The European Commission revised its forecasts for the Greek economy downwards on Monday, envisaging a GDP growth of 3.5 percent in 2022 and 3.1 percent in 2023 (from 4.9 percent and 3.5 percent respectively in its winter forecasts made in February).
In a report on Greece, the Commission said that following a rapid recovery from the pandemic and a very promising start in the first months of the year, the Russian war of aggression against Ukraine has blurred the outlook for Greece.
Economic growth is expected to slow but remain stable, mainly due to the full recovery of tourism. It noted that high inflation was expected to burden households’ real available income but government support measures were expected to partly compensate for this burden. The European Commission expects Greece to present a primary surplus in 2023.
The Commission report said that turmoil in global energy markets was expected to increase domestic inflationary pressure and to burden households’ real available income, adding that increased risk aversion along with supply bottlenecks could delay the start of new investment plans. However, the Greek economy was expected to benefit from the implementation of projects funded by the Recovery and Resilience Fund.
Exports were likely to continue growing although at a slower pace compared with previous estimates because of an expected economic slowdown in the EU and the global economy.
Real GDP is projected to grow by 3.5 percent in 2022 and by 3.1 percent in 2023, supported by a gradual recovery of real available income and an expected return of tourism to pre-pandemic levels.
The Greek economy will continue to create new jobs in 2022 despite a slowdown of economic activity, the Commission said, adding that a decision to raise the minimum wage by 7.5 percent in May, after a 2 percent increase in January could raise nominal wages in the second half of 2022 given the fact that almost one third of workers were paid with a minimum wage.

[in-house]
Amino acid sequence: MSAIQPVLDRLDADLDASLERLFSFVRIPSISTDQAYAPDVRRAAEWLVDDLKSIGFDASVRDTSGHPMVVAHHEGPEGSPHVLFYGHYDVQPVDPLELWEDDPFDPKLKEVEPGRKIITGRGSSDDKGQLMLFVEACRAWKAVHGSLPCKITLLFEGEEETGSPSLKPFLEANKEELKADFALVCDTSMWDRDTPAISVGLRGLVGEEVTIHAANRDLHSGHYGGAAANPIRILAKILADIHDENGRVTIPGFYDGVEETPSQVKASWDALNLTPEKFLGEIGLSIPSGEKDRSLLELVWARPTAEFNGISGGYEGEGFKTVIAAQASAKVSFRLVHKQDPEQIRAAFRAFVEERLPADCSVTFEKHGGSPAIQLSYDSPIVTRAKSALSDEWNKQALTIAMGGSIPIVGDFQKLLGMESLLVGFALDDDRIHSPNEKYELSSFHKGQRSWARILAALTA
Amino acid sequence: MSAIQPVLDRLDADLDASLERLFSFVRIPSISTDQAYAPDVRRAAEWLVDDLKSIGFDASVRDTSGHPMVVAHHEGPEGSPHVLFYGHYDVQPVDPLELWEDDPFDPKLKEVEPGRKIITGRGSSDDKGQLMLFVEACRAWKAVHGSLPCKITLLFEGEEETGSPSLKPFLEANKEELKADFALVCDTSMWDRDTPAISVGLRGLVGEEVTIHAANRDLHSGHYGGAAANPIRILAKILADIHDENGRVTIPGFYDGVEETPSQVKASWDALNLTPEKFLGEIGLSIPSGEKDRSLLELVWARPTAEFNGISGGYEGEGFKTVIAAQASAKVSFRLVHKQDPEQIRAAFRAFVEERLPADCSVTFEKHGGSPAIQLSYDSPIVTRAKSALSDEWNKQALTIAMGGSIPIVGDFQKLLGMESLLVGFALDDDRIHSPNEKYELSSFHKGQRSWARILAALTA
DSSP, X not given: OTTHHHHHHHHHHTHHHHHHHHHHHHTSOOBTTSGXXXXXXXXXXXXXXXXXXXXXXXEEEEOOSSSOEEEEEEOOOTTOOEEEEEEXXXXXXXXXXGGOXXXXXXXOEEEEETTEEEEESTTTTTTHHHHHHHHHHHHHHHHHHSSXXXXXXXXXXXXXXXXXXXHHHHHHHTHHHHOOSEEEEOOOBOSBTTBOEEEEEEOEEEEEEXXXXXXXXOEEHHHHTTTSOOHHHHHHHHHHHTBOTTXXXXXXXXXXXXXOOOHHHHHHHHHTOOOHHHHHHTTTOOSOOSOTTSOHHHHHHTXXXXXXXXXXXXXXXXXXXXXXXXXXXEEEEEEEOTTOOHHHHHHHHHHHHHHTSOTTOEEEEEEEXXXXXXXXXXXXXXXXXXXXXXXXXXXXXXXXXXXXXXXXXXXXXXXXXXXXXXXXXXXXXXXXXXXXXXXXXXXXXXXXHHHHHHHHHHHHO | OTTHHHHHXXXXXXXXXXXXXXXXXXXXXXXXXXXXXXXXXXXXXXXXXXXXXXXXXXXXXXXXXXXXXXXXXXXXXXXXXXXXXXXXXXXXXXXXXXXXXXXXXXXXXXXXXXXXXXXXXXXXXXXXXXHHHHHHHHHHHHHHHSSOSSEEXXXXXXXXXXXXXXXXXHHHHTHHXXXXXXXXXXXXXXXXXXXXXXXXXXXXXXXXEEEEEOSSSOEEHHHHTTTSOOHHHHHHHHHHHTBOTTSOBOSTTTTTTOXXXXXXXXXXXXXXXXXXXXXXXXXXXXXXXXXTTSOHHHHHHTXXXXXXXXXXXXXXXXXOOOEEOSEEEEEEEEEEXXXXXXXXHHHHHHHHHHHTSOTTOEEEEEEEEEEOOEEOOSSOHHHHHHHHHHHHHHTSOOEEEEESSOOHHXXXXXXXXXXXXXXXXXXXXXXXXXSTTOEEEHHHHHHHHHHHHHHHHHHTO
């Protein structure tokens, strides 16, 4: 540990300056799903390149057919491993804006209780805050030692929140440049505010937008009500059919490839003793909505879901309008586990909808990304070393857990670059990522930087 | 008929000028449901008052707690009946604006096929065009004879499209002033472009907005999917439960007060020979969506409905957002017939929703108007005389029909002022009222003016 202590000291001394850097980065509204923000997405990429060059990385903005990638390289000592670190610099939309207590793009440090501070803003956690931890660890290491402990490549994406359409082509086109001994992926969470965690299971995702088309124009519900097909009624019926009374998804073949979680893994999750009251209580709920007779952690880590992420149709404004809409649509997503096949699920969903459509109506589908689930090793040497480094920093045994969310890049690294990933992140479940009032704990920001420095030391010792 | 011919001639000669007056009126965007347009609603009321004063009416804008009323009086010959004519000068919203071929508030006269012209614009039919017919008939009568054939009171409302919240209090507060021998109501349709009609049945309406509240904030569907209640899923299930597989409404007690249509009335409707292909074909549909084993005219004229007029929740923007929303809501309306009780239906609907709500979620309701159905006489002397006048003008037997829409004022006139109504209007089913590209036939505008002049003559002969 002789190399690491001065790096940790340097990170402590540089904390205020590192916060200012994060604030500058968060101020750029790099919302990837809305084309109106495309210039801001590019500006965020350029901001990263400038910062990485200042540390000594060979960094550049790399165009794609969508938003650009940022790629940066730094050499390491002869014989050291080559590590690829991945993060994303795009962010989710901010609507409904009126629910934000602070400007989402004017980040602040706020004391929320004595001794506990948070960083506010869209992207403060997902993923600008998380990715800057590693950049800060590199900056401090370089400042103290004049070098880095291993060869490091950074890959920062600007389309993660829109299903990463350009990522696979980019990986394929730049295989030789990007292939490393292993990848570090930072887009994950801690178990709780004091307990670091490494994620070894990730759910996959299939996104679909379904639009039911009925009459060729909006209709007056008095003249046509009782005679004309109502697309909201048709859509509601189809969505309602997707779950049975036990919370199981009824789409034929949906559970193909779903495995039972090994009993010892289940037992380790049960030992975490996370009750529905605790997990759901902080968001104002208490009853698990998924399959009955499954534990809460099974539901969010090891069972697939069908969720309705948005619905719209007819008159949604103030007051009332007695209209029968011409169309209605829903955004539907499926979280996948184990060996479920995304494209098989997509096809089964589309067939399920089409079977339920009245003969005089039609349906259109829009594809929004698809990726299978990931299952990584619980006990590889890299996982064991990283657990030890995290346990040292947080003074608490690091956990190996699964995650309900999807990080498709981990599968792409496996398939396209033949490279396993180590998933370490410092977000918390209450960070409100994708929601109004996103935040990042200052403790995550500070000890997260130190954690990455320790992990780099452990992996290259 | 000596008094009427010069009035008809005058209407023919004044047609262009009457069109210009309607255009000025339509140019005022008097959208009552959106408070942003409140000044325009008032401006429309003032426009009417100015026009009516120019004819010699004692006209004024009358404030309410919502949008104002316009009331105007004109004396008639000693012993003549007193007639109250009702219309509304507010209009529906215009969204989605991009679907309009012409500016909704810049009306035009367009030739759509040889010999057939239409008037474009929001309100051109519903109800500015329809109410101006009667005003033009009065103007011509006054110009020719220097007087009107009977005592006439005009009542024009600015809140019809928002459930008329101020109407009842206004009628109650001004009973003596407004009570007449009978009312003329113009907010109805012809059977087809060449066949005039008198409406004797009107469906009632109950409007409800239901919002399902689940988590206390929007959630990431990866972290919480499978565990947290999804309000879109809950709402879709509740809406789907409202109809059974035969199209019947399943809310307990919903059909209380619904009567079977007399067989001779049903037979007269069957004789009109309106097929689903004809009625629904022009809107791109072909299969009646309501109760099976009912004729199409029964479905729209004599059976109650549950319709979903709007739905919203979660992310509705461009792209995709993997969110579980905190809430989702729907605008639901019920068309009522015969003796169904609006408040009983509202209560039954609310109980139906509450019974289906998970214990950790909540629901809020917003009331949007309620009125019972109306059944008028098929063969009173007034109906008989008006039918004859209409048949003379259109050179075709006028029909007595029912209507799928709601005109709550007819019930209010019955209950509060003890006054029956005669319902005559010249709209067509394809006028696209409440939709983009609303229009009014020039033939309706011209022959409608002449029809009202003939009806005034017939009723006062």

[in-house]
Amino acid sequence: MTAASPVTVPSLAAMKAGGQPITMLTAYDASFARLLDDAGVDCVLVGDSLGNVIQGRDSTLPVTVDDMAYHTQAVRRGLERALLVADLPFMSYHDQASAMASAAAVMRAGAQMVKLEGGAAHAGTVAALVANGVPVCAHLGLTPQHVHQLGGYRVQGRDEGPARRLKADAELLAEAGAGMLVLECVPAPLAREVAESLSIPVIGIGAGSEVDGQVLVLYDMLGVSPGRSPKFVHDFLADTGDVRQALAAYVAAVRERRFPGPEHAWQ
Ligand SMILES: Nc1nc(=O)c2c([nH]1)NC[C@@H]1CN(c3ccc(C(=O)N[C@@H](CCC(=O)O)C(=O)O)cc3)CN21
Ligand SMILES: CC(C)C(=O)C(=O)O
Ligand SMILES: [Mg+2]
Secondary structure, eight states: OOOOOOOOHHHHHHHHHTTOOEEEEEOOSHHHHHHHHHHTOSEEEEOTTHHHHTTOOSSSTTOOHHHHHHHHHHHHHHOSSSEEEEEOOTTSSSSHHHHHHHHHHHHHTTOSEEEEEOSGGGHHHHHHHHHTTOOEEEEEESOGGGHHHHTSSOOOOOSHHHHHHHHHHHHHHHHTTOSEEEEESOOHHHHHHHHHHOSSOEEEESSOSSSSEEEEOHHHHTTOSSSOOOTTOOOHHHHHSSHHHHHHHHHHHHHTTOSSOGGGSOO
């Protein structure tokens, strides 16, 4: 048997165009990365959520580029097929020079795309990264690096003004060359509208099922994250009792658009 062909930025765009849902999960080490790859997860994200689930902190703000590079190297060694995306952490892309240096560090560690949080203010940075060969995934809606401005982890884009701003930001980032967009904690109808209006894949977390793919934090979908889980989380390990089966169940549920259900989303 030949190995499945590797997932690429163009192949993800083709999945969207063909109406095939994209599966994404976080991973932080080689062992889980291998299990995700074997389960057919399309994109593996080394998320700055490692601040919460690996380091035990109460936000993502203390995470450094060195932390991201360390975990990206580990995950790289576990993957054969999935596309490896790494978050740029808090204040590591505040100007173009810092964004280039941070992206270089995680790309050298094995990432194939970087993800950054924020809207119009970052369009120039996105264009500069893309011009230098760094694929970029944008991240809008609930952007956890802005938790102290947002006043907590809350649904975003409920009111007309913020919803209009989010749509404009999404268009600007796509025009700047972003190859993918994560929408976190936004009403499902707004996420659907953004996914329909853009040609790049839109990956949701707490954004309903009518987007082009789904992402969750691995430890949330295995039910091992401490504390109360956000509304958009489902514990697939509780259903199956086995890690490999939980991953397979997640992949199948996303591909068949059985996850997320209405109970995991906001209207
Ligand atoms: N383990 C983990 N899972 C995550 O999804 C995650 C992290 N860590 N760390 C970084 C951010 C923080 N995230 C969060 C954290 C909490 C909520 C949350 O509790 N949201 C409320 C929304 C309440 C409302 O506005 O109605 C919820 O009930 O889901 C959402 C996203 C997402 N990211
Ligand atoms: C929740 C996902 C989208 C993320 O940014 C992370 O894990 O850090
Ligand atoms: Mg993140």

Commission says Greek inflation to reach 6.3 percent in 2022
The Greek inflation rate is expected to reach 6.3 percent in 2022 and fall to 1.9 percent in 2023, the Commission said.
Official data last week showed Greece’s annual consumer inflation jumped to its highest level in 28 years in April at 10.2 percent on the back of surging costs for energy, housing, transportation, and foods.
The general government deficit was 7.4 percent of GDP in 2021, reflecting increased pandemic relief support measures, but is expected to fall to 4.3 percent of GDP in 2022 and to 1 percent of GDP in 2023. This will allow the government to present a primary surplus of 1.3 percent of GDP.
The Greek public debt fell to 193 percent of GDP in 2021 and is expected to fall to 186 percent of GDP in 2022 while it is expected to decrease to around 180 percent of GDP in 2023.
The European Commission stressed that despite the better than expected result in 2021, fiscal risks remain significant.